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8 Reasons You Didn’t Finish Your Shutdown Routine On Time with Quick Fixes

Photo by Hunters Race on Unsplash

This post was first published on my Medium blog—follow me there for the most up-to-date entries!

A workday shutdown routine is a vital piece of your productivity: it ritualizes what can be a stressful time of the day and leaves you in a good position to take full advantage of the next day. If you don’t have a workday shutdown routine yet, take a look at my post about creating one for yourself. But creating a routine is one thing, and implementing it is another. What if you just can’t manage to finish on time?

No one wants to stay late at the office (or home office!) finishing up tasks. Here are 8 reasons why you might have trouble getting done on time, and 8 quick fixes that might help you straighten yourself out.

You didn’t actually set a time for your shutdown routine

One day, while I was running my small group coaching session, I was talking about reasons why people don’t start their shutdown routine on time. One of my most experienced members said, “Oh! Marie! I never really established a time. In fact, I don’t know what time I should start my shutdown routine!” As you might imagine, her daily work bled into her shutdown routine: a recipe for not finishing on time.

To set a time, you need to know how long your shutdown routine takes. If you don’t yet, follow the steps outlined near the end of my first post. Make your best guess how long each step will take, try it out, and adjust as you go.

Quick fix: Set a time! You can’t possibly start your shutdown routine if you don’t know when it should start. And by the way, you don’t need to start your shutdown routine at the same time each day. For example, I like go home early on Friday, so I always plan to start my shutdown routine earlier on Fridays than on other days.

You underestimated the time it would take

Few of us can estimate the time we need to complete a task. It’s called the planning fallacy.

Introduced by Daniel Kahneman and Amos Tversky in 1979, the planning fallacy states that, when predicting how much time will be needed to complete a future task, people tend to display an optimism bias and underestimate the time needed.

Don’t believe me? Here are a few interesting examples from different parts of the world, with different people.

The most famous under-estimation involved the Sydney Opera House. The estimated cost to build it was $7 million, and the time needed was estimated to be 4 years. It was finished 14 years after construction was started, and the final cost was $102 million.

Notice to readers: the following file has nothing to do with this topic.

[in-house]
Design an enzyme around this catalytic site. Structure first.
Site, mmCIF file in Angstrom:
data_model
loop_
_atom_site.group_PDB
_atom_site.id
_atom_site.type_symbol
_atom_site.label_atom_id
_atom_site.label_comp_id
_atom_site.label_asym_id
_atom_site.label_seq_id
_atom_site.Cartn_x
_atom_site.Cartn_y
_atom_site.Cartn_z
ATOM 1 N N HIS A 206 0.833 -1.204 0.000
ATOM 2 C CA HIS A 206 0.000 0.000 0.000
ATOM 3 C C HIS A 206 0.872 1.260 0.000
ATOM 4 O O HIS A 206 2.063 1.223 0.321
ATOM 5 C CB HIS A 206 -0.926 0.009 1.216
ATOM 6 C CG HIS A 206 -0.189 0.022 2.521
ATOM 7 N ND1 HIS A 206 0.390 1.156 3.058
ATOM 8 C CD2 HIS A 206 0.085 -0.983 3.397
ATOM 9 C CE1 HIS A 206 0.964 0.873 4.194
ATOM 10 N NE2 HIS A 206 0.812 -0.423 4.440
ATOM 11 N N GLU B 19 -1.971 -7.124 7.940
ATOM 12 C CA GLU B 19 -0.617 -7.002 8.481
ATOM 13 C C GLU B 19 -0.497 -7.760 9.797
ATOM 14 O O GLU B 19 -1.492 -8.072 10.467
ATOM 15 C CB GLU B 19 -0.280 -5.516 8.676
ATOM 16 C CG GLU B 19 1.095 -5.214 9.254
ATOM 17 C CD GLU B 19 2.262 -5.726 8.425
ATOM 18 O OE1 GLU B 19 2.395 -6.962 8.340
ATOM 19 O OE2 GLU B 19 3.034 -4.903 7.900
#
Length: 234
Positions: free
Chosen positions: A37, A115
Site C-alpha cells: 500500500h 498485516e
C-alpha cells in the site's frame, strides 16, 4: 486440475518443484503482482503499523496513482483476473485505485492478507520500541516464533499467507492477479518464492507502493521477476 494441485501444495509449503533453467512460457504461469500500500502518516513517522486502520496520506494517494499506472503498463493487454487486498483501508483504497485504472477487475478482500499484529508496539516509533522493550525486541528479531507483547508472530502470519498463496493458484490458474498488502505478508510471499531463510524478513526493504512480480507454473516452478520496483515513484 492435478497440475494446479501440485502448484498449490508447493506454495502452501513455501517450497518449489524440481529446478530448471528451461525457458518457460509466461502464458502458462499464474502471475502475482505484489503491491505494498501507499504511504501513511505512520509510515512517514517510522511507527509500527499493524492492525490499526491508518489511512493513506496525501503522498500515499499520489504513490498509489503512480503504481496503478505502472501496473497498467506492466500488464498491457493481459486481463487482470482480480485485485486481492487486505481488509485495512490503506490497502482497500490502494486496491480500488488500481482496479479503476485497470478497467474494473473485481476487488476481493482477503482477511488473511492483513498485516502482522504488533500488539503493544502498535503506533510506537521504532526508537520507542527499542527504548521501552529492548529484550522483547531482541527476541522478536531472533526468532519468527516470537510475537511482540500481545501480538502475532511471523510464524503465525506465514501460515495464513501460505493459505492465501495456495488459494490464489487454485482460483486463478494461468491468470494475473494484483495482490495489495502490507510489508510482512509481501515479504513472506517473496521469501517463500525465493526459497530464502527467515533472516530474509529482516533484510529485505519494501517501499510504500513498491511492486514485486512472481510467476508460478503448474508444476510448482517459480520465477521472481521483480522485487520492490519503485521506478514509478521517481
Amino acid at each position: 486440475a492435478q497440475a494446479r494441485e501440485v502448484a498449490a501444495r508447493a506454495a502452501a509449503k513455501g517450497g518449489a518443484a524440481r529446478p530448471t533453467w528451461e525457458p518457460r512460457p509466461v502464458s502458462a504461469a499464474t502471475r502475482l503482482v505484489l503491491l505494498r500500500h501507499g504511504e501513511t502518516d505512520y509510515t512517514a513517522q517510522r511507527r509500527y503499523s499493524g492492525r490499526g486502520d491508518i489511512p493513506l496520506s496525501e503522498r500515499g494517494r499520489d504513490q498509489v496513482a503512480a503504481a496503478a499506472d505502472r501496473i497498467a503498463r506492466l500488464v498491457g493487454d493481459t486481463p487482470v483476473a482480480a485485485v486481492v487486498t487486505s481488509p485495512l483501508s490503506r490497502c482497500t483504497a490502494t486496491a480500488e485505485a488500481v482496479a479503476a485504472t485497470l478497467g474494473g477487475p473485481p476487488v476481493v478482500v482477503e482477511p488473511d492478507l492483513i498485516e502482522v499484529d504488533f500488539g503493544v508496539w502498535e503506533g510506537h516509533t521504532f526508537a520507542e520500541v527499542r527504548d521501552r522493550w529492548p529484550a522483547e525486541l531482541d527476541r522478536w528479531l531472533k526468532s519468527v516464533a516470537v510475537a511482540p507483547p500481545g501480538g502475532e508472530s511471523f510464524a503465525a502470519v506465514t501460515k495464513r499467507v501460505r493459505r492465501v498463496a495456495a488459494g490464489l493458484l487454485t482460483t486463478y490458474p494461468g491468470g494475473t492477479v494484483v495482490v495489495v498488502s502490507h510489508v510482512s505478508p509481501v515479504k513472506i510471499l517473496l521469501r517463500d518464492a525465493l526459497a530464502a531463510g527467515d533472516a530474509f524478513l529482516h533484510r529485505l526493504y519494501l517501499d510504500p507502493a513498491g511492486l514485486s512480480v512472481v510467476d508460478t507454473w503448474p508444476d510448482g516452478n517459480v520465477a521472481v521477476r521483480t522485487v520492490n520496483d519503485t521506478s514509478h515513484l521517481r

For an example closer to our own experiences, note that Buehler and colleagues asked PhD students to estimate the time needed to finish writing a thesis. The students estimated an average of 27 days for a best-case scenario, and 48 days for a worst-case scenario. In reality, it took the students an average of 55 days to complete their theses. So much for that prediction!

Rather than ask people to predict their future time investments, Roy and colleagues asked them to remember how long a similar task had taken in the past. Their findings showed that people also substantially underestimated the time it took to complete past tasks.

So it’s helpful to remember that we, as a species, are just not very good at knowing how long things take. Whether people are estimating the time needed for a hoped-for future completion, or recalling the time invested in a past project, their estimates were substantially lower than the reality. No wonder it’s so hard to finish on time.

Quick fix: Try using my late father’s formula. Although he was talking about money, not time, it’s worth considering: Make your best guess, double it, and add $500. Totally unscientific, but it was often spot on! To be clear, I’m not encouraging you to give yourself slack. I’m encouraging you to realize that especially if you’ve never done it before — and even if you have done it before — assume that it will take longer than you think. Block out enough time to make sure you can finish on time.

You had a welcome or unwelcome interruption

Oh, yikes, we all get them, don’t we? There’s a leak in the faucet or your kid gets hurt at school or your internet connection craps out. The list goes on, right? And you and I have lived long to know that it’s impossible to proactively avoid all those situations.

Sometimes, that interruption is a wonderful opportunity. This summer, a “virtual” friend called and said she was within a reasonable driving distance from me, and she wanted to stop by. Oh! I was overjoyed! I dropped what I was working on and quickly whipped up a batch of cookies. It was a short visit — and, yes, an interruption — but a delight to meet her in person after two years interacting with her online.

Quick fix: Build in extra time. Try adding about 10% more minutes to each task you’re facing today. That way, you might stand a chance of mostly completing your work, so you can start your shutdown routine as planned and finish on time.